6 It's where pleasure and excitement for achievements is recognized. As teenagers develop, their immature nucleus accumbens may be what makes teenagers prefer activities such as video games that don't require much effort to provide excitement and reward. 4. The Amygdala The amygdala processes emotions and gut reactions. As people develop from teenagers to adults, this kind of activity shifts to the prefrontal cortex, leading to more rational thoughts rather than reactive thoughts. When this occurs, more reasoned observations and decisions are made. Unfortunately, until the prefrontal cortex develops, fear and aggressive behavior driven by the amygdala are more noticeable. The Prefrontal Cortex The prefrontal cortex, one of the last parts of the brain to completely mature, is located just behind the forehead.
7 This area is responsible for the complex processing of information, which affects how people make decisions, control their impulses and set goals or plans. When the prefrontal cortex is underdeveloped, poor decision-making and judgment can occur. A person's nerve cells that connect the frontal lobes (also called cerebral cortex). with the rest of brain are not fully developed when he or she is only a teenager. Teenagers drinking, smoking or Gambling for the first time may appear to just be acting irresponsibly, but we have to understand that their brains are not wired the same as the adults attempting to enforce rules. Teenagers are making decisions that make sense to them as best as their brains will allow them to reason, even when the decisions put them in dangerous situations.
8 We have to educate ourselves about adolescent brain development as we deal with negative actions or at-risk behaviors of teenagers. We must prepare ourselves for arguments and irritability stereotypical of teenagers, so that we can have constructive conversations that keep them safe. When our kids are introduced to activities such as Gambling , we must educate them about the risks of partaking in these activities. 5. Section 03: How Kids Are Introduced to Gambling It starts innocently enough. Cousins sit around the kitchen table watching their parents play poker after a family dinner on a Sunday evening. They see the excitement and frustration as bets are won and lost, chips exchanged and new hands dealt.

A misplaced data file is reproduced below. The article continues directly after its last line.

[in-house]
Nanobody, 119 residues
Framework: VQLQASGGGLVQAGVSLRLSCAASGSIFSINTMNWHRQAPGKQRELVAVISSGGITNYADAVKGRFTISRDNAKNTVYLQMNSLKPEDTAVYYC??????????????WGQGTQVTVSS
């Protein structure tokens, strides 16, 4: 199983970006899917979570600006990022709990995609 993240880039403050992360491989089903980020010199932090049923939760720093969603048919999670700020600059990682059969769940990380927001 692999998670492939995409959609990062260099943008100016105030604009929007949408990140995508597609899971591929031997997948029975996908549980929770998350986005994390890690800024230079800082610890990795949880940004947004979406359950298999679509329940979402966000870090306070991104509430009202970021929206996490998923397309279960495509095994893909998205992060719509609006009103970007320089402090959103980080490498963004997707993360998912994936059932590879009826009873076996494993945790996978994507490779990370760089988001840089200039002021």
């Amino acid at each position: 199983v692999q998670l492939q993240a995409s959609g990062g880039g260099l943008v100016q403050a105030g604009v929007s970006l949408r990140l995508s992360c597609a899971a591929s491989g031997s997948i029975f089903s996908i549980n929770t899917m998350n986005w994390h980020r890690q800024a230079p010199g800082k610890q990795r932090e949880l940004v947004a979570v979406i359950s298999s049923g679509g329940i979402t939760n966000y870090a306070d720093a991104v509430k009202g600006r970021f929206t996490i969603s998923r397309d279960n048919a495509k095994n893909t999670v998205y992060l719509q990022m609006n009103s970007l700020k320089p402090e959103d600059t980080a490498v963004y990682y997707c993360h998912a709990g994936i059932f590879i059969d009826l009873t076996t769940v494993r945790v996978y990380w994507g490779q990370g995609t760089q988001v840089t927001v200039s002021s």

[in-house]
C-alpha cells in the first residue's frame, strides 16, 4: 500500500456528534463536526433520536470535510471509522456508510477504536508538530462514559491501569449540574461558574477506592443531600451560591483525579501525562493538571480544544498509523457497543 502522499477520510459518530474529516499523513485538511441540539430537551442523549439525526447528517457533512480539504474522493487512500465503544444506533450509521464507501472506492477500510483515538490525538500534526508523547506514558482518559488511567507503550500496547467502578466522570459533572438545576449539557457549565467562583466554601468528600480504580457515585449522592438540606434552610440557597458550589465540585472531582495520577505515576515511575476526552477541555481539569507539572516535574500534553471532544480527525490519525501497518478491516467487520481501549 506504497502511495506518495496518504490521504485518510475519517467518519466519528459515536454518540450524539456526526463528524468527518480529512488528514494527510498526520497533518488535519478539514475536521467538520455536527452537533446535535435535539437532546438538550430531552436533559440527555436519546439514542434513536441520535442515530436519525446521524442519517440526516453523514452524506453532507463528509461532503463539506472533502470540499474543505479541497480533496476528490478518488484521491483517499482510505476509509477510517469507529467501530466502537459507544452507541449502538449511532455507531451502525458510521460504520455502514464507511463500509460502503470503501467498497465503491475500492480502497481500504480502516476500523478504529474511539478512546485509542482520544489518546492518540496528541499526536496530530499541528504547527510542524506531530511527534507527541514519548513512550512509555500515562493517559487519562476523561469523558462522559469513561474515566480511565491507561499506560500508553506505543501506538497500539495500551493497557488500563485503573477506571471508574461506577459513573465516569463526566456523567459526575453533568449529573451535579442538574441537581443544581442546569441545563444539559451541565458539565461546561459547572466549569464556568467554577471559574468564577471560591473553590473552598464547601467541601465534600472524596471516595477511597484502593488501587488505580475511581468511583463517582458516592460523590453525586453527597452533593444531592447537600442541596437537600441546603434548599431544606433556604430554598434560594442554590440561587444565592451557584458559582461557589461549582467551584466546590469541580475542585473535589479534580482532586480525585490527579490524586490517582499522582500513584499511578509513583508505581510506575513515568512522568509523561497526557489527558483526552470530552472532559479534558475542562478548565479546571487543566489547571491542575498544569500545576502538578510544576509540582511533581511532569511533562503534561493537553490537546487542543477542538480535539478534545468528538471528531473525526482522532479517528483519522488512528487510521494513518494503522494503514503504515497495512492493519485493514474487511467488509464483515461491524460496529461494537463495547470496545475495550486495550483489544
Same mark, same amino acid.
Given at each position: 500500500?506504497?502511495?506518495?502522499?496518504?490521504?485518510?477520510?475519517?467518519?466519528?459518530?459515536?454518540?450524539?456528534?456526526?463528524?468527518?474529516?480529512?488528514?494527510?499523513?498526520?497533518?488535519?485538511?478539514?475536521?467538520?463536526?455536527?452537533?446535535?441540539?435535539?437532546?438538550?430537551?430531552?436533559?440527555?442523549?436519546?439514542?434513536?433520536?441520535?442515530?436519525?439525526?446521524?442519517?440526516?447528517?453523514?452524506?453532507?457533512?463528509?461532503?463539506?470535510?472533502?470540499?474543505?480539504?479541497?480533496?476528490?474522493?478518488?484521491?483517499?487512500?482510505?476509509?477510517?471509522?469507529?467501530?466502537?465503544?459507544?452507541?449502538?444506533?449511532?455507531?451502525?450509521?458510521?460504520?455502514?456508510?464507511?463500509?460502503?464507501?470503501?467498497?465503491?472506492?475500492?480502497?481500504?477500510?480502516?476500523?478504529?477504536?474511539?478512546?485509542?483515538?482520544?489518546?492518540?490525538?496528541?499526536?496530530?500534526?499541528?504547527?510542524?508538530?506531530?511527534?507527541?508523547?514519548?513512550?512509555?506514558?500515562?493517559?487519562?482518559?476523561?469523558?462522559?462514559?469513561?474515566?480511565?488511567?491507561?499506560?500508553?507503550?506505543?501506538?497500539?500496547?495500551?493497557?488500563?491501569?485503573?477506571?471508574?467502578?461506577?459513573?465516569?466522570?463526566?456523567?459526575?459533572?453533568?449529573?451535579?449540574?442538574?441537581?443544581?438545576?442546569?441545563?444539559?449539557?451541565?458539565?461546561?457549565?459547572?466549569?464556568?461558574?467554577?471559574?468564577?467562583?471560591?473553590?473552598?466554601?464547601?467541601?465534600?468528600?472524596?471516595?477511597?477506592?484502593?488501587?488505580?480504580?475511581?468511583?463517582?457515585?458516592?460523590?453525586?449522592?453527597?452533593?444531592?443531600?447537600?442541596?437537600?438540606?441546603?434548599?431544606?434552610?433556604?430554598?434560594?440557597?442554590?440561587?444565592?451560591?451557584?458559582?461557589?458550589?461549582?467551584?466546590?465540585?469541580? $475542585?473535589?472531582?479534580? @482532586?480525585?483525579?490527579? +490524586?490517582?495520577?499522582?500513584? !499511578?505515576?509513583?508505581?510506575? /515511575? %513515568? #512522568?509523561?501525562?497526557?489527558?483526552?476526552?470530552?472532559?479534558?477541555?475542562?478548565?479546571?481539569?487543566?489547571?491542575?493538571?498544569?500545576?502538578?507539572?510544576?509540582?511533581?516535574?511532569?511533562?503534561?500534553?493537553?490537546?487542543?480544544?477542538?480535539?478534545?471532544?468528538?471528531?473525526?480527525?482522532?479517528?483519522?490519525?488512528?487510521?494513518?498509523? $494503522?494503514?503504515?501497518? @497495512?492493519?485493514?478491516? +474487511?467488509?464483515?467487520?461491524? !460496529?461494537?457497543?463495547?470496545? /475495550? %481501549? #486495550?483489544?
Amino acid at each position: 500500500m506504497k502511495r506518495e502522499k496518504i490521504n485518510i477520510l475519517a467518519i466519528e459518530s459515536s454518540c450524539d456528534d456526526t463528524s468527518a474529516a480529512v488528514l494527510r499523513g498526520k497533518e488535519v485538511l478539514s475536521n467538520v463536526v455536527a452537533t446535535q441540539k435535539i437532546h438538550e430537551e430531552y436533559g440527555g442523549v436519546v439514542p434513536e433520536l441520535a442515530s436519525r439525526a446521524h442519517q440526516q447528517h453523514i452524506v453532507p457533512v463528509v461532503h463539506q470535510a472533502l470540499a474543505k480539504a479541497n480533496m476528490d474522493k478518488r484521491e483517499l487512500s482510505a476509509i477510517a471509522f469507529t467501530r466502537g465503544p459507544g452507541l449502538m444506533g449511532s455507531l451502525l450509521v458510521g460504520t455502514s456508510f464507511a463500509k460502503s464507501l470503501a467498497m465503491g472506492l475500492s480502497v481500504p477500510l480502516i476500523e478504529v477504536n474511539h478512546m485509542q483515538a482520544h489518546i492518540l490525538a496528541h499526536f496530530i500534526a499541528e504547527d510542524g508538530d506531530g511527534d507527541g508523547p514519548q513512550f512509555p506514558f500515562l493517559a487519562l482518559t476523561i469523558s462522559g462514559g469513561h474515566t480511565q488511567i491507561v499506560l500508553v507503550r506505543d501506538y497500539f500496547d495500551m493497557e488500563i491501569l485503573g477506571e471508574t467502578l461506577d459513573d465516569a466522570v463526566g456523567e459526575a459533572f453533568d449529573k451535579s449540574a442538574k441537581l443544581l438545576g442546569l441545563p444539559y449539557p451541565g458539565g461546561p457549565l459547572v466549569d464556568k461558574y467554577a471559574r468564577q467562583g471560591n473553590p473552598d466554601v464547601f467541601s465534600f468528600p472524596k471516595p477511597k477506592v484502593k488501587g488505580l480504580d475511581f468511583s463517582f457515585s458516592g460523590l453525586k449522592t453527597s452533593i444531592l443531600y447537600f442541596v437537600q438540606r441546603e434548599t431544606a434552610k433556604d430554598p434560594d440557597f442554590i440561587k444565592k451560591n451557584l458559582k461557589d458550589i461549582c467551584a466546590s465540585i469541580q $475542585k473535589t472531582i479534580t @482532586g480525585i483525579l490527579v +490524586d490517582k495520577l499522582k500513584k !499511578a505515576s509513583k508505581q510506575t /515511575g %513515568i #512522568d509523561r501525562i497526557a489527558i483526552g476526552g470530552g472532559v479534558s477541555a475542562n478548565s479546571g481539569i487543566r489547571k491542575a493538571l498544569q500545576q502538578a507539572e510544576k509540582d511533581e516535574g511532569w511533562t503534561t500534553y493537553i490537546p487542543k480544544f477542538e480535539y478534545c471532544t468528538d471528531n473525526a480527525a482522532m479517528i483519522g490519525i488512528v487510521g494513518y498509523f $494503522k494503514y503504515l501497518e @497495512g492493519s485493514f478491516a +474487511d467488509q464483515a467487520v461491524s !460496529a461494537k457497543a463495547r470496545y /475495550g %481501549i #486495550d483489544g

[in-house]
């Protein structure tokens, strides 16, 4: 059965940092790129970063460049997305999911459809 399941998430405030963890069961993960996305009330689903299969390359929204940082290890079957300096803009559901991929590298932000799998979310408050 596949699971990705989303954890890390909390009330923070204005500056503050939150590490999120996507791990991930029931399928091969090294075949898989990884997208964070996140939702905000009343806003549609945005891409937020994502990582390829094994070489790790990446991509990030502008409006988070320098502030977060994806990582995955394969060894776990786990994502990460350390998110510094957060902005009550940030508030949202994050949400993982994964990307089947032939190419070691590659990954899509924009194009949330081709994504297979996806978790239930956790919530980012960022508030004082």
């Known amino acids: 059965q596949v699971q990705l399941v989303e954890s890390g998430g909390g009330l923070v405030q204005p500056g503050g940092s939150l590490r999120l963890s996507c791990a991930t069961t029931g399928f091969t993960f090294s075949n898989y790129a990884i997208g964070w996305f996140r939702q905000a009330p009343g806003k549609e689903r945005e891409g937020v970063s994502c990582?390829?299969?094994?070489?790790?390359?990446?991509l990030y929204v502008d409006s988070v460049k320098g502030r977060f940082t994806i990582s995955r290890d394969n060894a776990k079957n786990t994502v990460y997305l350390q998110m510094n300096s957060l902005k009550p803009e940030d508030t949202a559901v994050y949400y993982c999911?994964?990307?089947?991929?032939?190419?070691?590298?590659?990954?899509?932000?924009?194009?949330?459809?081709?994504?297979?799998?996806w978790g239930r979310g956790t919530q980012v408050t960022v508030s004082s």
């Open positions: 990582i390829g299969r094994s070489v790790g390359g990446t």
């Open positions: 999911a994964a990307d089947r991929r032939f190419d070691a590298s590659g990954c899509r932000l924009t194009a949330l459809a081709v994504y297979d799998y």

9 They feel the rush as they root for their parents, cheering them on by saying, It's okay. You'll win next time.. They get excited when their parents allow them to join in playing. It's watching the Super Bowl with their father. He's placed bets with the children's uncle on who will win and what the score will be, and the atmosphere is tense for every hour of the big game. Waves of excitement and anxiety come as the odds of him winning his bet change with every touchdown. It's a trip to the convenience store with their mother. She buys gasoline for the car, two bottles of water and five dollars worth of the scratch-off type lottery tickets. She lets her children scratch off the various tickets.
10 One child's ticket reveals a one-dollar prize. Months later, the same child receives eight scratch-off tickets in a card on his eighth birthday. It's playing a game on their mother's iPhone that challenges children to beat more levels and earn fake coins. The children are excited when they move forward, and stressed when they don't have the coins to continue playing. It's not what we might call real Gambling , but these activities may promote a transition to pay for play activities, which is a subtle shift into Gambling . These are just a few examples of the many ways kids get introduced to Gambling at young ages. Children are observant. They see the actions of their family members and friends, and they unconsciously, and naturally replicate these actions.